‘Unlike anything else on a stage right now’: A VERY VERY VERY DARK MATTER – Bridge Theatre

In London theatre, Opinion, Plays, Reviews by Tom BoltonLeave a Comment

Bridge Theatre, London – until 9 January 2019

Martin McDonagh has made his impatience with theatre clear in the past – the constraints of the medium, its conventions and expectations. Apart from Sam Mendes, few recent figures have made such a triumphant transition to Hollywood. Three Billboards Outside Ebbing, Missouri was nominated for seven Oscars earlier this year, and won one. So what brings him back to the stage again? Despite his frustrations, theatre still seems to a medium he can use to confront, provoke and assail his audience and critics. A Very Very Very Dark Matter is perhaps the least complete of his works for the stage, but its fierce anger and gleeful South Park-style offensiveness makes it unlike anything else on a stage right now, in London or anywhere else.

Even an explanation of the premise is both hilarious and offensive: Hans Christian Andersen keeps a Congolese pygmy woman, who he insists on calling Marjory, imprisoned in a cage in his attic so she can write his stories. Immediately, we’re in the realms of political metaphor and the fairy-tale-gone-wrong. McDonagh is venting uncontrolled fury at the depredations of colonialism in general, and the genocidal Belgian Congo regime of Leopold II in particular. Andersen and, later, Charles Dickens, are grotesque parodies whose flailing, self-obsessed behaviour renders the society they symbolise absurd. This element of the play is expressed through streams of sweary, gasp-inducing dialogue which has the audience unsure whether they can laugh without transgressing the limits of acceptable behaviour.

The play is short and, in truth, underdeveloped. The connection it draws between literary theft and cultural oppression is strongly stated but hard to pin down, floating somewhere in McDonagh’s fantastical rewriting of history. The top talent on display goes a long way, though, to make up for these shortcomings.

Tom Waits provides a deliciously drawling narration. Jim Broadbent plays Andersen as a beaming, dementedly self-centred child of a man, who is unashamedly brutal and cruel. He is also very funny, and much of the play resembles the Armstrong and Miller sketches about uptight Second World War pilots who talk street. A scene when Broadbent reads from ‘the King of the Spanish’, who entirely misses the point of Andersen’s ‘Emperor’s New Clothes’ and does so like a very rude 10-year old, is hilarious.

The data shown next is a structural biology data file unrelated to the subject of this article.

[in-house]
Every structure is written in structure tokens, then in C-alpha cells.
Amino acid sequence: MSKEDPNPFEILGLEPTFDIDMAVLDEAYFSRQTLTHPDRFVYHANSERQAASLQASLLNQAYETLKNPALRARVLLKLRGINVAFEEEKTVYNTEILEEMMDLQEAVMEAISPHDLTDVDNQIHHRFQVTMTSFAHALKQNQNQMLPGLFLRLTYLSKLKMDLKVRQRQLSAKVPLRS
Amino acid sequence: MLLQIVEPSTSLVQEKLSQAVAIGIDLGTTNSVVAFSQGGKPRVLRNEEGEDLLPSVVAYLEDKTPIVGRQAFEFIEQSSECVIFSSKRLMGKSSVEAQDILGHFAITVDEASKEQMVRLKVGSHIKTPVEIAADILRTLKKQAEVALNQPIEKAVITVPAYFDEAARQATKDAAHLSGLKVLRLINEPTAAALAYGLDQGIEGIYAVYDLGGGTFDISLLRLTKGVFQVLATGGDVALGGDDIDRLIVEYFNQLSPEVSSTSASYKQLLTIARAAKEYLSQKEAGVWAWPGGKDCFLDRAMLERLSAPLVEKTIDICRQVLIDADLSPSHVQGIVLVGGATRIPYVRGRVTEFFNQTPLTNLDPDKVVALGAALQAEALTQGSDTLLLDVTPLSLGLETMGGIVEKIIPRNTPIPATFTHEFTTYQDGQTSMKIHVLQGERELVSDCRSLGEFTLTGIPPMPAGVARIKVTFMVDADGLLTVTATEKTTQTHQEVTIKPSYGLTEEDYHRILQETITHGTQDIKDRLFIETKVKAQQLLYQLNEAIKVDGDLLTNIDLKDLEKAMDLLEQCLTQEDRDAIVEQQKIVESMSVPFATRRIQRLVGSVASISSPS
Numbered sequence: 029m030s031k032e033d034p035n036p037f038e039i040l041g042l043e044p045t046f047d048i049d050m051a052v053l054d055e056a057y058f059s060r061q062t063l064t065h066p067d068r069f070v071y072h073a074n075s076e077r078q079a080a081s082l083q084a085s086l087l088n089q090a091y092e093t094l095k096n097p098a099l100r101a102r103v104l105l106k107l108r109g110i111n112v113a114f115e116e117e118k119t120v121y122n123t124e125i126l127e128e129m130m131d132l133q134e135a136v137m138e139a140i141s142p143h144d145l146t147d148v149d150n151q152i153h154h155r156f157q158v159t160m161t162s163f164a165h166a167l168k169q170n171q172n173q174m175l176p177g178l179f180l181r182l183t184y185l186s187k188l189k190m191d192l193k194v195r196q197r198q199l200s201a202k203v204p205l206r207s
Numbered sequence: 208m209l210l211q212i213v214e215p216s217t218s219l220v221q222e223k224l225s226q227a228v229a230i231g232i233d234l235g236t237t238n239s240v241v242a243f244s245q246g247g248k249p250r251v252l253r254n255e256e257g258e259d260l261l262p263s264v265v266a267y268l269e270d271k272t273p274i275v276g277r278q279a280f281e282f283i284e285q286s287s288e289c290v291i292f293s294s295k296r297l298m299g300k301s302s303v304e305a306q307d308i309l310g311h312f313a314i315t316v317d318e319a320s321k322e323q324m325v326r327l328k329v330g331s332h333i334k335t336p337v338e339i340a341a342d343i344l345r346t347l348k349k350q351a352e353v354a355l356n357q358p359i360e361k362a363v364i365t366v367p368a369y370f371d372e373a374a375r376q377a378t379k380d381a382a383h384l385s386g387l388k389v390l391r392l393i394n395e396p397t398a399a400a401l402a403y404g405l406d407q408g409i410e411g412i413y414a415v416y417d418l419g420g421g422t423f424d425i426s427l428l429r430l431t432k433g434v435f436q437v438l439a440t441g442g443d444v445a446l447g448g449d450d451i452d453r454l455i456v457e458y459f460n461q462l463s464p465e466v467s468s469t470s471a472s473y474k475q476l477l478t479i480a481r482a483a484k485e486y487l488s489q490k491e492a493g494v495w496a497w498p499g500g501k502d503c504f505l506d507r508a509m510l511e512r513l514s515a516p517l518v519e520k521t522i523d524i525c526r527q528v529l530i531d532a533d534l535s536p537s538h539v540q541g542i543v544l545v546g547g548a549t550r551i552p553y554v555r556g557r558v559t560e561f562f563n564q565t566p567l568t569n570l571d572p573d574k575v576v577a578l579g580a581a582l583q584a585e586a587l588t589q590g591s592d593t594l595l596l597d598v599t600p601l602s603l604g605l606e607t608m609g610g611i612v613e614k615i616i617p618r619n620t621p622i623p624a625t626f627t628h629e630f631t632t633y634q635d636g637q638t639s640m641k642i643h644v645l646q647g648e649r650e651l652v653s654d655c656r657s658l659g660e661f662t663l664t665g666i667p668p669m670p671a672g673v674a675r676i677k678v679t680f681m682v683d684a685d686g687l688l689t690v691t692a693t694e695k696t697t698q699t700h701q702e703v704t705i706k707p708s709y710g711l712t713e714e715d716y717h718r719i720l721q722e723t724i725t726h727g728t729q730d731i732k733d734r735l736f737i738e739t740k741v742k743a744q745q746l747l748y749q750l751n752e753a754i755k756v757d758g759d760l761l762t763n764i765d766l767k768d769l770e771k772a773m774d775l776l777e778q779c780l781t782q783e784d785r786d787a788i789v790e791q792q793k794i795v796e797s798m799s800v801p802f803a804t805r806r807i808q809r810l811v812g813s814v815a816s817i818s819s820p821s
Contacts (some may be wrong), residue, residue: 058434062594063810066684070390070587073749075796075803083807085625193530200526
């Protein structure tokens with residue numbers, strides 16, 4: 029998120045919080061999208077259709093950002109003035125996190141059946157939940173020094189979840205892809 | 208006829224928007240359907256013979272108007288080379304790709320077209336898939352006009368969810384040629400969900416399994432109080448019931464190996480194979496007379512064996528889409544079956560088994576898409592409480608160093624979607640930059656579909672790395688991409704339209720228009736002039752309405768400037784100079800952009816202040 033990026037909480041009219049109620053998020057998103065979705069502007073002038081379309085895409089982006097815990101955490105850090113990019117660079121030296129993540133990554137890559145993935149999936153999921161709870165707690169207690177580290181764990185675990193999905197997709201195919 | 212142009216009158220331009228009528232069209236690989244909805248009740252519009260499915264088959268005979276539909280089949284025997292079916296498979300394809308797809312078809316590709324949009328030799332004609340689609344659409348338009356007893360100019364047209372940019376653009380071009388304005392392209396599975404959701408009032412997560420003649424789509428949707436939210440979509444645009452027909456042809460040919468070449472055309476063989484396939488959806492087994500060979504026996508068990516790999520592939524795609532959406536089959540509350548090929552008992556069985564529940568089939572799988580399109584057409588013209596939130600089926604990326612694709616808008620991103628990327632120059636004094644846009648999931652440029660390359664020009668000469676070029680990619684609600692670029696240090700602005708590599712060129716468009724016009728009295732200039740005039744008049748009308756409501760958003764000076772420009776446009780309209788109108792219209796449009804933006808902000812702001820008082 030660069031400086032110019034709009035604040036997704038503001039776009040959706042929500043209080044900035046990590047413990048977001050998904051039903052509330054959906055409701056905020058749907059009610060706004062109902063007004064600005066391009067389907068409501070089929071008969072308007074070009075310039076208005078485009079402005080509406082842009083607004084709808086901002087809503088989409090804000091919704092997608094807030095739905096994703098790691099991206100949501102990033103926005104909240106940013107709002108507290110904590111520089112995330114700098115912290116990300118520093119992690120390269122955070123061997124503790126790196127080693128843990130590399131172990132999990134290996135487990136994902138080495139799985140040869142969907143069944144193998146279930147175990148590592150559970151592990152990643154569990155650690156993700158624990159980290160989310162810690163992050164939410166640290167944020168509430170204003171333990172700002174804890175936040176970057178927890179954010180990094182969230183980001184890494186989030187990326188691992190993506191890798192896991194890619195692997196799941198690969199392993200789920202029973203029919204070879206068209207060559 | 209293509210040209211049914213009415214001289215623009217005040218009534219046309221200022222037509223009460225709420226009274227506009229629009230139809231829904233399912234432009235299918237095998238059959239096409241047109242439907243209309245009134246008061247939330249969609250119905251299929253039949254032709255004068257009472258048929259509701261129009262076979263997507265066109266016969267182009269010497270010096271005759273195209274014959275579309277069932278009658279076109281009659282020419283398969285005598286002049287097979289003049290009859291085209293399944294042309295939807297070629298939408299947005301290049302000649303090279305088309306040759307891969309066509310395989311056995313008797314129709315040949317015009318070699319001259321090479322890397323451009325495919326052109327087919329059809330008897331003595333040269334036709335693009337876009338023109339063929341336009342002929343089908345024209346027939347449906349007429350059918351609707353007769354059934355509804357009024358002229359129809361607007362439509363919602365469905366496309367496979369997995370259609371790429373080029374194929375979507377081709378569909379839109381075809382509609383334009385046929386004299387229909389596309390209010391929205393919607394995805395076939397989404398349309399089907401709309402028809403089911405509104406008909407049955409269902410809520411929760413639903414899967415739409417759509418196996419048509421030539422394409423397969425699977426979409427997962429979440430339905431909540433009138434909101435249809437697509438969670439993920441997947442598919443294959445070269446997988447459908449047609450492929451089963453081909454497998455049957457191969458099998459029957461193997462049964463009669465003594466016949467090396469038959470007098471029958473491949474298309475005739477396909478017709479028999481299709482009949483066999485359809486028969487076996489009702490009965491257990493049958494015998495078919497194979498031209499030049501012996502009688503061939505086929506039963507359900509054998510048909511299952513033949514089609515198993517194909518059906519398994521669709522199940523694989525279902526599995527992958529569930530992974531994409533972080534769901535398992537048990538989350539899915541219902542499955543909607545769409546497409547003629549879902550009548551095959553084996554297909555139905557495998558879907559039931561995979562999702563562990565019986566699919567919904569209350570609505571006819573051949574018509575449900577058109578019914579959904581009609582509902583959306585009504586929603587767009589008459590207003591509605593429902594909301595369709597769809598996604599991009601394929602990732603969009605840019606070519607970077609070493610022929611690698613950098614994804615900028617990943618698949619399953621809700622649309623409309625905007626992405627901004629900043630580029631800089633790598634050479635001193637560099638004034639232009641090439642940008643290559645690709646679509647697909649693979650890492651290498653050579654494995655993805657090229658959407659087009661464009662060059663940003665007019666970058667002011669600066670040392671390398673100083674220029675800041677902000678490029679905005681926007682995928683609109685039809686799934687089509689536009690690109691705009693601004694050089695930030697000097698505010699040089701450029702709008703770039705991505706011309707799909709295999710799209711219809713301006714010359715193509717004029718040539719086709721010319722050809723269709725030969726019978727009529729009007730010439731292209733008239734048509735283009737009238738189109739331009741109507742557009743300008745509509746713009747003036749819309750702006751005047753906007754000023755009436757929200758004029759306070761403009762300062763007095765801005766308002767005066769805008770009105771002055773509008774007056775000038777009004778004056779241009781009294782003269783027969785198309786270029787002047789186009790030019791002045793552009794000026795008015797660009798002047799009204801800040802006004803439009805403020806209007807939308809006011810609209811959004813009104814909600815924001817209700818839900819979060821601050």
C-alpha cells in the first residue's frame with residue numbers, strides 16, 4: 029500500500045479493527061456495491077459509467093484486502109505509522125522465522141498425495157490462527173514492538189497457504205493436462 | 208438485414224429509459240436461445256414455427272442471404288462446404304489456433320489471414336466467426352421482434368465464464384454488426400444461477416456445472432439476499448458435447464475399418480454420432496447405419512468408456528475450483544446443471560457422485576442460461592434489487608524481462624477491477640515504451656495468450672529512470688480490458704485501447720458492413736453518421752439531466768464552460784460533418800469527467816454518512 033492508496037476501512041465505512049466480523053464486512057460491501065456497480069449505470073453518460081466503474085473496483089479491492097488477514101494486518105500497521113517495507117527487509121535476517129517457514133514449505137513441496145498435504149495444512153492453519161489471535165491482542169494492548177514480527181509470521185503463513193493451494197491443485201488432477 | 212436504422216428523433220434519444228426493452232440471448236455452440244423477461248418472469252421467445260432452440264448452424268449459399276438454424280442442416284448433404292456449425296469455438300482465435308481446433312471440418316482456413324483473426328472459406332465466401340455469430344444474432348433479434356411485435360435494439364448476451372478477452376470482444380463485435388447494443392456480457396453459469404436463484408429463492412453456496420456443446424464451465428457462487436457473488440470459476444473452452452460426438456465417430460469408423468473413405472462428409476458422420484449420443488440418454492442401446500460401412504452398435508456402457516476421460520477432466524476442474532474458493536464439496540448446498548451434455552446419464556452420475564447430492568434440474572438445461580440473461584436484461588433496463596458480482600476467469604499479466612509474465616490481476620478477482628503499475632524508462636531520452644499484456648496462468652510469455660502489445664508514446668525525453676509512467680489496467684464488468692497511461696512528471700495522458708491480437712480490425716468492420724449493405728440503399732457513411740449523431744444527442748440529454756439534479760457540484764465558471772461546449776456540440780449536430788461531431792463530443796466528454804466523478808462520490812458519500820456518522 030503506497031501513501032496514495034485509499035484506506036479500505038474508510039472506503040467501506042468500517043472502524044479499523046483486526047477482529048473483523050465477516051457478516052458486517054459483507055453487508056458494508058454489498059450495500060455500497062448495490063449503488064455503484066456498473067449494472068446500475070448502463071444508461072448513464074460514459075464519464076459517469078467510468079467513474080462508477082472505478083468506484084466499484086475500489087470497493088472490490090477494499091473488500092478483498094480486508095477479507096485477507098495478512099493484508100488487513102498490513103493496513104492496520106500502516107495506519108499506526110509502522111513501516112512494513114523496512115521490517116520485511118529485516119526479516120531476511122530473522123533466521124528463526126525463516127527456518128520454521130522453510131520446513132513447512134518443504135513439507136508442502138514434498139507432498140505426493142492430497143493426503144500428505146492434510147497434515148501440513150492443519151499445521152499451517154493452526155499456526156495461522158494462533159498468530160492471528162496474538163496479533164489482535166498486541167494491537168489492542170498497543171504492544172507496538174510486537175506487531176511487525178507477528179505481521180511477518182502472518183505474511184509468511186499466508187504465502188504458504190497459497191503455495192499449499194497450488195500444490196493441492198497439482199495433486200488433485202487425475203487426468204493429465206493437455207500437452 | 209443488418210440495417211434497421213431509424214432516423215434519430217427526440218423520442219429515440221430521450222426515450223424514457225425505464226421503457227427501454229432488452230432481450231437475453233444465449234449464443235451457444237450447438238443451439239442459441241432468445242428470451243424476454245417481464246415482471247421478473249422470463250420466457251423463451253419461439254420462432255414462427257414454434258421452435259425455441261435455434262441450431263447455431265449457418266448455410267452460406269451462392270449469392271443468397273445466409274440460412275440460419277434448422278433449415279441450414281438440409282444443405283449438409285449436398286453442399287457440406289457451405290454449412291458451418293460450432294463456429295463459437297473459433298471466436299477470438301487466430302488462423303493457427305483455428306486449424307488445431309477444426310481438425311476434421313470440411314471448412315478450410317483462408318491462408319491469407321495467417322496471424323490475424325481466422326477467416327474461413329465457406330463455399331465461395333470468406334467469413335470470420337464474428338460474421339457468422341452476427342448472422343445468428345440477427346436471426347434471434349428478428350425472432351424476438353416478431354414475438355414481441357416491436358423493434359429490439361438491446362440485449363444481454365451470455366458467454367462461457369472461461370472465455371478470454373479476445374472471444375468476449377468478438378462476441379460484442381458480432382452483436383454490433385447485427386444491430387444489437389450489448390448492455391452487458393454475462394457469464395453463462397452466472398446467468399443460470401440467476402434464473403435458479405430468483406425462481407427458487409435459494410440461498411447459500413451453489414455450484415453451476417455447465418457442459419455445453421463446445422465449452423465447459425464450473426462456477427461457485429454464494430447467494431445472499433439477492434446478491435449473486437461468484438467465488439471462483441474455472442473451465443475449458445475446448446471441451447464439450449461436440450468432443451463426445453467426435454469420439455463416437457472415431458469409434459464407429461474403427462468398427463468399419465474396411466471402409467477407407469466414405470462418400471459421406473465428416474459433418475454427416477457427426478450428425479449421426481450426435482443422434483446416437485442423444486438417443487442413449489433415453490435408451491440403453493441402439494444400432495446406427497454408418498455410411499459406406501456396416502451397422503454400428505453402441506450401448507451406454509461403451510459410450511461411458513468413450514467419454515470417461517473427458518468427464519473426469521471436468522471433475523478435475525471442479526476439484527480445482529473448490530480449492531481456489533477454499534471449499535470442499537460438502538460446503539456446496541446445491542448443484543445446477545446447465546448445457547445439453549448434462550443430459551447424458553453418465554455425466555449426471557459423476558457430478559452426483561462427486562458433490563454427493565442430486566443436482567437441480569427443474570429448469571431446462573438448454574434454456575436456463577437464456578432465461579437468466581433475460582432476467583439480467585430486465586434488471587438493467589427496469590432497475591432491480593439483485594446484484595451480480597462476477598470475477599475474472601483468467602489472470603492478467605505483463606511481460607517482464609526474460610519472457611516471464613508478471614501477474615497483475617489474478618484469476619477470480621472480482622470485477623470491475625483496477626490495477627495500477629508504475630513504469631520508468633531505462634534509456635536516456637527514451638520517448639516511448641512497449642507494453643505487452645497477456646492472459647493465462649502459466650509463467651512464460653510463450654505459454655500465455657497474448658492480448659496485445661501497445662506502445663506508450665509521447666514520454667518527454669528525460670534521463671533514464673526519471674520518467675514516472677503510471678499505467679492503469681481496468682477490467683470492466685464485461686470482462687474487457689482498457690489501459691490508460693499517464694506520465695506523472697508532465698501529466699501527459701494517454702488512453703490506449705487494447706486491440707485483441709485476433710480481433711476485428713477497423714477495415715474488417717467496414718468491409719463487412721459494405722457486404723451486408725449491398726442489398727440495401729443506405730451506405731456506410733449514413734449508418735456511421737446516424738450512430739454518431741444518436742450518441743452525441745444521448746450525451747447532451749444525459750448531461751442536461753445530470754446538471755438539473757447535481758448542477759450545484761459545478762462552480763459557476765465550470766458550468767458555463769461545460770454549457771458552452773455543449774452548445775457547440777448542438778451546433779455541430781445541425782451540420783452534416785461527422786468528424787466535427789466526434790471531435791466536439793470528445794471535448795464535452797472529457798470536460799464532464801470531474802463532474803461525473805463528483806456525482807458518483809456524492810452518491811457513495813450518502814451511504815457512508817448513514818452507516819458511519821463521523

His visit to Charles Dickens (who he repeatedly calls Charles Darwin) brings in Phil Daniels, as the author – or an especially foul-mouthed version. His wife and children family behave in the same vein (his young daughter exclaims “Is daddy banging the broads again, mummy?”). The scene is in fact based on a genuine visit Andersen made to Dickens, in which he stayed for five weeks despite Dickens’ hints.

This shock and awe comedy would be fairly pointless without the character of Marjory, played by Johnetta Eula’Mae Ackles, making her professional debut. She is African American, small in stature, and has one leg. Her performance is a sharp reminder that people fitting her description do not generally appear on stage. The absurd lengths to which McDonagh has gone to create a role for her makes this point very clear. Marjory (not her real name) has been kidnapped from the Congo to write Andersen’s tales which he sometimes edits (The Little Black Mermaid). This being McDonagh, there is vengeance and gore: two blood stained Belgians stalk the play and, eventually, Marjory marches off, heavily armed, to sort out history.

Anna Fleische’s puppet-ridden attic provides a delightfully unpleasant setting. Matthew Dunster, who directed McDonagh’s previous play, ‘Hangmen’, presents the nasty events with sickening polish. ‘A Very Very Very Dark Matter’ is a much slighter play than ‘Hangmen’ and lacks its clarity of context. It is also outrageous, establishment-baiting and very very very funny, highly suited to the bizarre political context of the late 2010s.

Tom Bolton on Twitter
Tom Bolton
Tom Bolton is an author and researcher, based in London. He comes from Stratford-upon-Avon, where Derek Jacobi in The Tempest got him hooked on theatre. He sat on the Olivier Awards judging panel, and started reviewing for Londonist in 2010. He is particularly keen on disinterred classics, new writing and physical theatre, and spends a week at the Edinburgh Festival every year looking for more. Tom blogs independently at tombolton.co.uk and tweets @teabolton.
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Tom Bolton on Twitter
Tom Bolton
Tom Bolton is an author and researcher, based in London. He comes from Stratford-upon-Avon, where Derek Jacobi in The Tempest got him hooked on theatre. He sat on the Olivier Awards judging panel, and started reviewing for Londonist in 2010. He is particularly keen on disinterred classics, new writing and physical theatre, and spends a week at the Edinburgh Festival every year looking for more. Tom blogs independently at tombolton.co.uk and tweets @teabolton.